Descriptive epidemiology of hereditary angioedema hospitalizations in the United States, 2004‐2007
Hereditary angioedema (HAE) is a rare inherited disorder of complement factor C1 inhibitor. There are ∼6000 HAE cases in the United States, nearly one-half of whom suffer a monthly exacerbation. Little is known about hospital use patterns by patients with HAE attacks in the United States. This study was designed to examine burden, epidemiology, and outcomes of hospitalizations among HAE patients. We evaluated epidemiology, resource use, and discharge destinations of HAE (ICD-9-CM code 277.6) hospitalizations within the NIS, part of Agency's for Healthcare Research and Quality Healthcare Costs and Utilization Project in 2004 through 2007. There were 10,125 hospitalizations with HAE, of which 3216 (31.8%) had HAE as the principal diagnosis (HAE-PD). Two-thirds of all HAE hospitalizations were among women, and 60% were white. Hypertension was the most common comorbidity (26.9%, all HAE, and 28.0%, HAE-PD). Mortality was 1.4% in HAE and 0.3% in the HAE-PD group. Mean hospital length of stay (3.7, 95% CI 3.0‐4.4 days vs. 5.0, 95% CI 4.6‐5.4 days) and costs ($4,760, 95% CI $3,612‐$5,907 vs. $8,383, 95% CI $7,432-$9,334) were lower in HAE-PD than in the HAE cohort. Although >80% in each group were discharged home routinely, 15.9% of HAE and 4.9% of HAE-PD required either home health care or a transfer to another short-term hospital or a skilled nursing facility. HAE hospitalization volume is substantial. Because diagnostic uncertainty is likely, HAE and its related resource use may be underestimated. HAE prevention strategies need to be examined in the context of these outcomes.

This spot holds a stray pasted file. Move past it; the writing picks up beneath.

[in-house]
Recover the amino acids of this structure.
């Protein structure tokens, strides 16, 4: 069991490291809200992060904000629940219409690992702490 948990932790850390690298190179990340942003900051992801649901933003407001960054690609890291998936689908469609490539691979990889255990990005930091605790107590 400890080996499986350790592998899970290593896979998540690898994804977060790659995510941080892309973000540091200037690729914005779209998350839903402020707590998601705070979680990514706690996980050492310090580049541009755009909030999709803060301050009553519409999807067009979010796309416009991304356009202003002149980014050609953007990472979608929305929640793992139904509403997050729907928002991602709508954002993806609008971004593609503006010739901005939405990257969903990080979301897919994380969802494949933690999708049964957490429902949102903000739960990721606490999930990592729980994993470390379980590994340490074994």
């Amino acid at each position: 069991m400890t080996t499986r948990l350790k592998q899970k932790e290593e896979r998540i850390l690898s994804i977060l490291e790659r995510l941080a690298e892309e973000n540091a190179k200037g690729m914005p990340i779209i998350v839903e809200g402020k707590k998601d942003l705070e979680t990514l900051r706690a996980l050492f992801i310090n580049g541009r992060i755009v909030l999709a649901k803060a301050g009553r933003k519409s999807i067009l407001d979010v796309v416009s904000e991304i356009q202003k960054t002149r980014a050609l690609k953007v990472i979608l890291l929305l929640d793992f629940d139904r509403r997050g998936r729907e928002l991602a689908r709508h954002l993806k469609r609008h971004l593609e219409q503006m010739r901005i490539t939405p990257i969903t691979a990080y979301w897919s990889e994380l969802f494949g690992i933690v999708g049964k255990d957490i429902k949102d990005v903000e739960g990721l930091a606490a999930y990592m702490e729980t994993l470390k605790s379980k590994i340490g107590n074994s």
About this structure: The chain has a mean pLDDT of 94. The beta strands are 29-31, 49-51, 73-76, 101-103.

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Document Type: Research Article
Publication date: May 1, 2011
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